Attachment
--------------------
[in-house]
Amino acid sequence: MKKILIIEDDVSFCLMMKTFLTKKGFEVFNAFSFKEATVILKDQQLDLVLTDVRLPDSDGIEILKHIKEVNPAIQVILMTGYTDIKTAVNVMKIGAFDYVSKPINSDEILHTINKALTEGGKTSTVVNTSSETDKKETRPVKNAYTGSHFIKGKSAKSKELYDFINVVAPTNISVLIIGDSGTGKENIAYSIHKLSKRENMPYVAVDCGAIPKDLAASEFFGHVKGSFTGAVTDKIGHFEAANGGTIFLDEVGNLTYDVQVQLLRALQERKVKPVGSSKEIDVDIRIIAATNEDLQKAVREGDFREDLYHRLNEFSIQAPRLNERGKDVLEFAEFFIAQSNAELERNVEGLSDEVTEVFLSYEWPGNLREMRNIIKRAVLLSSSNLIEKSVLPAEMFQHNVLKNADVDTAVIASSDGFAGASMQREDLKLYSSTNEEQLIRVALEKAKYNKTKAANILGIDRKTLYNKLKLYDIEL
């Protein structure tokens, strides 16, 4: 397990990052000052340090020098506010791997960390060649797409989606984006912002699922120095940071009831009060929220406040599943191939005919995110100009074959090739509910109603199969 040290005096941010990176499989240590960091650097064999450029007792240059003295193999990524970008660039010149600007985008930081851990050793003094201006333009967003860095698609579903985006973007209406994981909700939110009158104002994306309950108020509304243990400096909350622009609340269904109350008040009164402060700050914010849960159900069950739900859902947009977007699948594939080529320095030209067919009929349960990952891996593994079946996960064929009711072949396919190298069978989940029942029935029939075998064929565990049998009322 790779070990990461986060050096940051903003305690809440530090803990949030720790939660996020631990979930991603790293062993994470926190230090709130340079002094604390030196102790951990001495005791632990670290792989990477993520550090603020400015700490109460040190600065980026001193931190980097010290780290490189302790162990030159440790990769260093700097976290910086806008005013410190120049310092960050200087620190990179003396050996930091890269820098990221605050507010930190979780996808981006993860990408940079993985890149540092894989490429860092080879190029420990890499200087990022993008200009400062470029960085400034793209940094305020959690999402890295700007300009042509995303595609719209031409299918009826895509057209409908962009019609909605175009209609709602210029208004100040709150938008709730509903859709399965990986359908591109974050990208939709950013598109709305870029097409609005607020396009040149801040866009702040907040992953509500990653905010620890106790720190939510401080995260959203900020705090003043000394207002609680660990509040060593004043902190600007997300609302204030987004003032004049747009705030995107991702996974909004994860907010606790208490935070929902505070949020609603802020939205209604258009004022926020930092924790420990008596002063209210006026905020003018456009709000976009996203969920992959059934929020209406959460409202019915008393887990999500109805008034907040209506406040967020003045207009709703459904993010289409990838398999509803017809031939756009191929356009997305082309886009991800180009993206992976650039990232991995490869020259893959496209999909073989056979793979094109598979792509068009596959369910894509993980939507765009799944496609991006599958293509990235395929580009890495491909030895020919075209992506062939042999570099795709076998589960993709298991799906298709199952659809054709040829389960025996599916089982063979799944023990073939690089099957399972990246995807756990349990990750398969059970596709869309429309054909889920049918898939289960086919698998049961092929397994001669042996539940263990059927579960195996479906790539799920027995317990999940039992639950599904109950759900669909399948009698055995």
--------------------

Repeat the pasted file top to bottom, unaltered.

[in-house]
Amino acid sequence: MKKILIIEDDVSFCLMMKTFLTKKGFEVFNAFSFKEATVILKDQQLDLVLTDVRLPDSDGIEILKHIKEVNPAIQVILMTGYTDIKTAVNVMKIGAFDYVSKPINSDEILHTINKALTEGGKTSTVVNTSSETDKKETRPVKNAYTGSHFIKGKSAKSKELYDFINVVAPTNISVLIIGDSGTGKENIAYSIHKLSKRENMPYVAVDCGAIPKDLAASEFFGHVKGSFTGAVTDKIGHFEAANGGTIFLDEVGNLTYDVQVQLLRALQERKVKPVGSSKEIDVDIRIIAATNEDLQKAVREGDFREDLYHRLNEFSIQAPRLNERGKDVLEFAEFFIAQSNAELERNVEGLSDEVTEVFLSYEWPGNLREMRNIIKRAVLLSSSNLIEKSVLPAEMFQHNVLKNADVDTAVIASSDGFAGASMQREDLKLYSSTNEEQLIRVALEKAKYNKTKAANILGIDRKTLYNKLKLYDIEL
């Protein structure tokens, strides 16, 4: 397990990052000052340090020098506010791997960390060649797409989606984006912002699922120095940071009831009060929220406040599943191939005919995110100009074959090739509910109603199969 040290005096941010990176499989240590960091650097064999450029007792240059003295193999990524970008660039010149600007985008930081851990050793003094201006333009967003860095698609579903985006973007209406994981909700939110009158104002994306309950108020509304243990400096909350622009609340269904109350008040009164402060700050914010849960159900069950739900859902947009977007699948594939080529320095030209067919009929349960990952891996593994079946996960064929009711072949396919190298069978989940029942029935029939075998064929565990049998009322 790779070990990461986060050096940051903003305690809440530090803990949030720790939660996020631990979930991603790293062993994470926190230090709130340079002094604390030196102790951990001495005791632990670290792989990477993520550090603020400015700490109460040190600065980026001193931190980097010290780290490189302790162990030159440790990769260093700097976290910086806008005013410190120049310092960050200087620190990179003396050996930091890269820098990221605050507010930190979780996808981006993860990408940079993985890149540092894989490429860092080879190029420990890499200087990022993008200009400062470029960085400034793209940094305020959690999402890295700007300009042509995303595609719209031409299918009826895509057209409908962009019609909605175009209609709602210029208004100040709150938008709730509903859709399965990986359908591109974050990208939709950013598109709305870029097409609005607020396009040149801040866009702040907040992953509500990653905010620890106790720190939510401080995260959203900020705090003043000394207002609680660990509040060593004043902190600007997300609302204030987004003032004049747009705030995107991702996974909004994860907010606790208490935070929902505070949020609603802020939205209604258009004022926020930092924790420990008596002063209210006026905020003018456009709000976009996203969920992959059934929020209406959460409202019915008393887990999500109805008034907040209506406040967020003045207009709703459904993010289409990838398999509803017809031939756009191929356009997305082309886009991800180009993206992976650039990232991995490869020259893959496209999909073989056979793979094109598979792509068009596959369910894509993980939507765009799944496609991006599958293509990235395929580009890495491909030895020919075209992506062939042999570099795709076998589960993709298991799906298709199952659809054709040829389960025996599916089982063979799944023990073939690089099957399972990246995807756990349990990750398969059970596709869309429309054909889920049918898939289960086919698998049961092929397994001669042996539940263990059927579960195996479906790539799920027995317990999940039992639950599904109950759900669909399948009698055995």